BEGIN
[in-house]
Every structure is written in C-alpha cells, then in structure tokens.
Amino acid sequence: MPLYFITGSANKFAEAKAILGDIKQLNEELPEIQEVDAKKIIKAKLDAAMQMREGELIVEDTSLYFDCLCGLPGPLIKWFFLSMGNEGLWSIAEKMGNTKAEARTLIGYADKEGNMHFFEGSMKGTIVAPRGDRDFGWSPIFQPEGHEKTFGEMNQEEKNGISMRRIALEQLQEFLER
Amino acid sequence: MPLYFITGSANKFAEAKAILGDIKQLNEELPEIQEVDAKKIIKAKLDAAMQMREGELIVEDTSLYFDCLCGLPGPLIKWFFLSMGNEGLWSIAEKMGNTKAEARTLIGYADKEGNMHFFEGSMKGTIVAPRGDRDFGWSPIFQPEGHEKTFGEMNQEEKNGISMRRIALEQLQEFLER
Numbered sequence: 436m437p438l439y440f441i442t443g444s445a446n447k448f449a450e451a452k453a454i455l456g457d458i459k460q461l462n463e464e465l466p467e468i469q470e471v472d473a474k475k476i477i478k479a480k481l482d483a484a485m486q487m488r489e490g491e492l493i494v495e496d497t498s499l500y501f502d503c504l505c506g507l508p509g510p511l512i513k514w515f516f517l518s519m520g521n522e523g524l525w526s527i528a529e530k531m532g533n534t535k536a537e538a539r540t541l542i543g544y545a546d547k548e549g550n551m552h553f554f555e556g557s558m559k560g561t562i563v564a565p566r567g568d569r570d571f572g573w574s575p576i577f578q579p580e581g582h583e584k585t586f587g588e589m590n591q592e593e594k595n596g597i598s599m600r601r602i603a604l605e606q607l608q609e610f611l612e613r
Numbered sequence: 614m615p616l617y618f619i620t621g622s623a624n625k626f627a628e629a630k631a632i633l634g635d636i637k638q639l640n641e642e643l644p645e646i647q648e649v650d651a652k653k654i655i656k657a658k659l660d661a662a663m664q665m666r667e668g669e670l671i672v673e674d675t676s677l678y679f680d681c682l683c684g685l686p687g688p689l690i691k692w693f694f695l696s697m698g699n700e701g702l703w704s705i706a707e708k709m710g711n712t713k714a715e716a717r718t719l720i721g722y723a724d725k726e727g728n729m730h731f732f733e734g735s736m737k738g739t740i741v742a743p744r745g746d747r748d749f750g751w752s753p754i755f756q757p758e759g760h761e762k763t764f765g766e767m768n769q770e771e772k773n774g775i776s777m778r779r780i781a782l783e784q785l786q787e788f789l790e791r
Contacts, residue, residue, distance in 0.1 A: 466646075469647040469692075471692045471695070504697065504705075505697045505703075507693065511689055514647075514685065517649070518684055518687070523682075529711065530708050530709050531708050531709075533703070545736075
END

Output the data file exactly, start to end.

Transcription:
[in-house]
Every structure is written in C-alpha cells, then in structure tokens.
Amino acid sequence: MPLYFITGSANKFAEAKAILGDIKQLNEELPEIQEVDAKKIIKAKLDAAMQMREGELIVEDTSLYFDCLCGLPGPLIKWFFLSMGNEGLWSIAEKMGNTKAEARTLIGYADKEGNMHFFEGSMKGTIVAPRGDRDFGWSPIFQPEGHEKTFGEMNQEEKNGISMRRIALEQLQEFLER
Amino acid sequence: MPLYFITGSANKFAEAKAILGDIKQLNEELPEIQEVDAKKIIKAKLDAAMQMREGELIVEDTSLYFDCLCGLPGPLIKWFFLSMGNEGLWSIAEKMGNTKAEARTLIGYADKEGNMHFFEGSMKGTIVAPRGDRDFGWSPIFQPEGHEKTFGEMNQEEKNGISMRRIALEQLQEFLER
Numbered sequence: 436m437p438l439y440f441i442t443g444s445a446n447k448f449a450e451a452k453a454i455l456g457d458i459k460q461l462n463e464e465l466p467e468i469q470e471v472d473a474k475k476i477i478k479a480k481l482d483a484a485m486q487m488r489e490g491e492l493i494v495e496d497t498s499l500y501f502d503c504l505c506g507l508p509g510p511l512i513k514w515f516f517l518s519m520g521n522e523g524l525w526s527i528a529e530k531m532g533n534t535k536a537e538a539r540t541l542i543g544y545a546d547k548e549g550n551m552h553f554f555e556g557s558m559k560g561t562i563v564a565p566r567g568d569r570d571f572g573w574s575p576i577f578q579p580e581g582h583e584k585t586f587g588e589m590n591q592e593e594k595n596g597i598s599m600r601r602i603a604l605e606q607l608q609e610f611l612e613r
Numbered sequence: 614m615p616l617y618f619i620t621g622s623a624n625k626f627a628e629a630k631a632i633l634g635d636i637k638q639l640n641e642e643l644p645e646i647q648e649v650d651a652k653k654i655i656k657a658k659l660d661a662a663m664q665m666r667e668g669e670l671i672v673e674d675t676s677l678y679f680d681c682l683c684g685l686p687g688p689l690i691k692w693f694f695l696s697m698g699n700e701g702l703w704s705i706a707e708k709m710g711n712t713k714a715e716a717r718t719l720i721g722y723a724d725k726e727g728n729m730h731f732f733e734g735s736m737k738g739t740i741v742a743p744r745g746d747r748d749f750g751w752s753p754i755f756q757p758e759g760h761e762k763t764f765g766e767m768n769q770e771e772k773n774g775i776s777m778r779r780i781a782l783e784q785l786q787e788f789l790e791r
Contacts, residue, residue, distance in 0.1 A: 466646075469647040469692075471692045471695070504697065504705075505697045505703075507693065511689055514647075514685065517649070518684055518687070523682075529711065530708050530709050531708050531709075533703070545736075